This is one of my favorite quotes from New Moon by Stephenie Meyer.
I was like a lost moon -- my planet destroyed in some cataclysmic, disaster-movie scenario of desolation -- that continued, nevertheless, to circle in a tight little orbit around the empty space left behind, ignoring the laws of gravity.

Tuesday, August 25, 2009

CD4 guilt

I met with my regular doctor, who said everything looks good and normal and fine. Except that maybe I should eat some ice cream because I'm "on the slender side" and some extra saturated fat and calories might convince my body that it has what it needs to take care of a baby.


I'm trying to stop myself from going down the I-wasn't-eating-right-so-it's-my-fault path. But I don't know how. Could my baby have survived if I hadn't been keeping my calories low? I'd been obsessed with being healthy, but also with staying thin. Did my vanity do this?

I can't change it. I can't bring back that life that had been so real, if only to me. Now there is nothing in me to take care of or protect or worry about. There's just nothing. And now I'm supposed to eat ice cream? It seems comical, but I'll do anything.

The doctor said that sometimes a miscarriage is the kickstart a body needs for a successful pregnancy. And now I have the name of the obstetrician I'm to see if we experience another miscarriage.

Another miscarriage feels almost... likely. Am I, at heart, a pessimist? Does failure just seem more real and logical to me now, because it is what I know? Will I survive it?

Still, my impatience for the next step is growing growing growing.

Today is my second wedding anniversary. I love you, hubby. Even without this baby, my world carries on because I have you.

From "Last of Days" by A Fine Frenzy.
I built myself a castle on the beach
Watching as it slid into the sea

The world carries on without you
But nothing remains the same

I'll be lost without you
Until the last of days

Monday, August 24, 2009

CD3 anger

Part of me has gone cold and mean.

I was at a birthday party yesterday for Andy's niece Lily, who turned three. At one point, Andy's grandmother turned to me and said, "Have you heard the good news?"

Immediately, I knew. Andy's (biological) cousin had, in a roundabout way, wound up marrying Andy's step-cousin. They are pregnant. They haven't even been married a year yet.

A rushing sound flooded my ears and I nearly lost it in this odd sort of panic. Andy came over then, and I said, "Did you hear? They're pregnant." He told me later that the disappointment I felt was obvious on my face. I have never been a good actress.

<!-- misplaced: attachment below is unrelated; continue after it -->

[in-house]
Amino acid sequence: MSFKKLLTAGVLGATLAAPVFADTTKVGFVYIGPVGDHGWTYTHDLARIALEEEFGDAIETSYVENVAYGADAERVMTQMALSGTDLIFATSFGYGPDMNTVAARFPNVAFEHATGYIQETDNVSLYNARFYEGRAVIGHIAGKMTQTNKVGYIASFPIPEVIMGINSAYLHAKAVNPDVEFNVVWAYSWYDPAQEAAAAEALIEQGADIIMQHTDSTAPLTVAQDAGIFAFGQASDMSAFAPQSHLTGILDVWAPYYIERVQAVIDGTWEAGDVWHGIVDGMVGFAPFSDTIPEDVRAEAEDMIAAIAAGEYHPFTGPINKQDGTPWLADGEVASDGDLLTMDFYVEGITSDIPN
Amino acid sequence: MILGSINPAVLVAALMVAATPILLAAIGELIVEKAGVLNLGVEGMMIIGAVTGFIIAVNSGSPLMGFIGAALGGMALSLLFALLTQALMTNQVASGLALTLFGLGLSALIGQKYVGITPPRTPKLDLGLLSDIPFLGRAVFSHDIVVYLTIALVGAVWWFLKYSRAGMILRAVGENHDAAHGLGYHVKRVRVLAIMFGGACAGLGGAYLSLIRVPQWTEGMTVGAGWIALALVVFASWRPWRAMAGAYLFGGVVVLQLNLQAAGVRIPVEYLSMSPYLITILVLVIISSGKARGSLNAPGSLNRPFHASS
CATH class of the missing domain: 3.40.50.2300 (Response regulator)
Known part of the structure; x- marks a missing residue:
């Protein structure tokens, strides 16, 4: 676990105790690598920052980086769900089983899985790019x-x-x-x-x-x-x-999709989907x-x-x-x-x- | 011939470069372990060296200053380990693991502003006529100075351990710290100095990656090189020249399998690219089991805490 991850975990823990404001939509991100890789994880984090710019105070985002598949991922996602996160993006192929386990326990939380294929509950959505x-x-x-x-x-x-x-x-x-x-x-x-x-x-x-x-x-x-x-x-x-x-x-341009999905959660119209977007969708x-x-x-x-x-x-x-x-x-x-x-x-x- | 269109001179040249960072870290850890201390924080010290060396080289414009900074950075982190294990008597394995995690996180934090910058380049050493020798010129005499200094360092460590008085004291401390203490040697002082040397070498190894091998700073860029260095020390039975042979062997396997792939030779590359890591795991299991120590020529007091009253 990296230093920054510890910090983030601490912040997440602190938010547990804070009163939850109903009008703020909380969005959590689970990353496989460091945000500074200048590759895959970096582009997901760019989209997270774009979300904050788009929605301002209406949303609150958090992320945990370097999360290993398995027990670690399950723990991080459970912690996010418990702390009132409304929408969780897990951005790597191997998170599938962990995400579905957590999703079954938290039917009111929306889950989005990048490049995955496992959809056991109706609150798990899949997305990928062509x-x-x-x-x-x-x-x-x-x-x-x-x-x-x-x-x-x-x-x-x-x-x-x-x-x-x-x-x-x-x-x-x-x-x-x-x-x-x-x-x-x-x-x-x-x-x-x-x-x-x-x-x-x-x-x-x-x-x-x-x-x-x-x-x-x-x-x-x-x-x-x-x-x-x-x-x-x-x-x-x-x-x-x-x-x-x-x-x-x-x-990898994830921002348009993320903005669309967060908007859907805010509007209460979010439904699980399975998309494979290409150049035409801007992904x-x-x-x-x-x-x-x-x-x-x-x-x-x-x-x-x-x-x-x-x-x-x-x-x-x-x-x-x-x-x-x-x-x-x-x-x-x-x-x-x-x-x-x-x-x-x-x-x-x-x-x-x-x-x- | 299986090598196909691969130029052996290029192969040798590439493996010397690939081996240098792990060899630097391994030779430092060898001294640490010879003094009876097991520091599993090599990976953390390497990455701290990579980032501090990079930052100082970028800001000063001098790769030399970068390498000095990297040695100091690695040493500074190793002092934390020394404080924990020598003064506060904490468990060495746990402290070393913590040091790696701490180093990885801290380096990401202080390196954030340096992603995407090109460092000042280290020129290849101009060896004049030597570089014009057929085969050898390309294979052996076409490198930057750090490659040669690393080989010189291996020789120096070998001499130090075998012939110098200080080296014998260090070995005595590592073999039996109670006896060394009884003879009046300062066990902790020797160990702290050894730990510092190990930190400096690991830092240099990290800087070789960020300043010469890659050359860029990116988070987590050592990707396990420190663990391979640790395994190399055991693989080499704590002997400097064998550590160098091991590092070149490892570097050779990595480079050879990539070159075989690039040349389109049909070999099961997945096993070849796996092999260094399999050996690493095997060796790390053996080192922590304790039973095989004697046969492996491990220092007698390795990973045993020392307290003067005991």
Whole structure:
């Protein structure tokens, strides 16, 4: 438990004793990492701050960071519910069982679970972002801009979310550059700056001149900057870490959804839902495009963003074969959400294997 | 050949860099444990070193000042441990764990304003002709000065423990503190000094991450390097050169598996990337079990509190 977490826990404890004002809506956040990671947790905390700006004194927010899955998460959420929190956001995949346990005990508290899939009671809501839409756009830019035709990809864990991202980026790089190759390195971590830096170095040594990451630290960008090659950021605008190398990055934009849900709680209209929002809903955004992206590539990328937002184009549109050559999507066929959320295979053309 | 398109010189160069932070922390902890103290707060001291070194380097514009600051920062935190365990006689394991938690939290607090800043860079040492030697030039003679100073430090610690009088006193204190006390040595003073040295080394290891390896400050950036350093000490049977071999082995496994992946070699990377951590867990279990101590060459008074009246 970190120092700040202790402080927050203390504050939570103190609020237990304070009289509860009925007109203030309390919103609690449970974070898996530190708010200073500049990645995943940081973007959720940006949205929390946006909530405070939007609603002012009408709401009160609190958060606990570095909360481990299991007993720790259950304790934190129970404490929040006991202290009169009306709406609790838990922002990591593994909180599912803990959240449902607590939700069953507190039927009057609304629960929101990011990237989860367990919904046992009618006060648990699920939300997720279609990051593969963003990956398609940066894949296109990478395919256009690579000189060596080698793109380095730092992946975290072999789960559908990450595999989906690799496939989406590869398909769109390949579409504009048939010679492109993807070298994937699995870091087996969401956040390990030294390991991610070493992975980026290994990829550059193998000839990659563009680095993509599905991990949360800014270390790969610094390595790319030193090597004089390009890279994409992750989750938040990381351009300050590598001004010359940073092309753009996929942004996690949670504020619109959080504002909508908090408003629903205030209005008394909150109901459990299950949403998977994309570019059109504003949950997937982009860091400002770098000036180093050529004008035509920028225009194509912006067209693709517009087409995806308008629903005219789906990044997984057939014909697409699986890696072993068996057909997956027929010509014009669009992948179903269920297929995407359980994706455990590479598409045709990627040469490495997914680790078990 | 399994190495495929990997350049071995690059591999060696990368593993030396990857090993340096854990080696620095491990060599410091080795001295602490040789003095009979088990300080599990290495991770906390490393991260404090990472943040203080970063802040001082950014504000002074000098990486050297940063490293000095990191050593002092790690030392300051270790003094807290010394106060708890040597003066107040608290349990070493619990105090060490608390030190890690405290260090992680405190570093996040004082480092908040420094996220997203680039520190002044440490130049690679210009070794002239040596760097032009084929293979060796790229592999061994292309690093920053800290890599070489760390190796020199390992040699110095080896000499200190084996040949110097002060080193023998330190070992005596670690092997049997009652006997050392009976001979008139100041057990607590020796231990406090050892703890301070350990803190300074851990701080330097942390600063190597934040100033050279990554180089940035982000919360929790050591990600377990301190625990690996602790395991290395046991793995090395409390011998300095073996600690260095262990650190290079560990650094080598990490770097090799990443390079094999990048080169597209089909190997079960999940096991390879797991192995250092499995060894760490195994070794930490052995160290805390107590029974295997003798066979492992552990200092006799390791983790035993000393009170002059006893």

They are due in the same month that I was supposed to be due.

Without saying anything else, I tried to casually walk to the bathroom before breaking down. As I had hoped, Andy followed me and let me hang on to him while I cried. After he went back to the party, I stayed in the bathroom for a little while trying to figure out what was happening to me.

Was I so petty that I couldn't be happy for two wonderful people who deserved happiness? I like them both very much. Was this just jealousy? I've thought about it a lot, and the answer isn't exact. Nothing in this situation is black and white.

But I have figured out the crux of the matter. It is that I will never experience pure happiness again.

During that one week, I was 100 percent happy. Pure joy. Now that that is gone, it is gone for good. Because even if I do get pregnant again, I will be living in a climate of fear. It's tainted now. I've been cheated of my happiness.

I assume this couple has it all -- they're able to enjoy their pregnancy with this complete joy that's been stolen from me.

Yes, it is jealousy. It's rage at the feeling of unfairness. It's anger with things that are out of my control. It's "why me?". It's knowing that what is lost will never completely be found again. So it's truly a kind of death.

It's self-absorbed and depressing and petty and snide. How can I get rid of this? I feel ugly and dirty.

There's no way to know exactly what will happen next. Maybe I will ovulate soon, or maybe it'll be another couple months before I'm back to "normal." I'd like to be pregnant again as soon as possible, but the health of a future infant is my main concern, and I haven't discussed the effects of miscarriage with a doctor yet.

The second pregnancy will be different from the first in a number of ways. Living each day with the fear of another miscarriage will have its effects. This time, I won't be eager to tell anyone right away. I won't want to constantly talk about it with Andy. I won't be able to accept, in my heart, that I'm pregnant until at least the second trimester.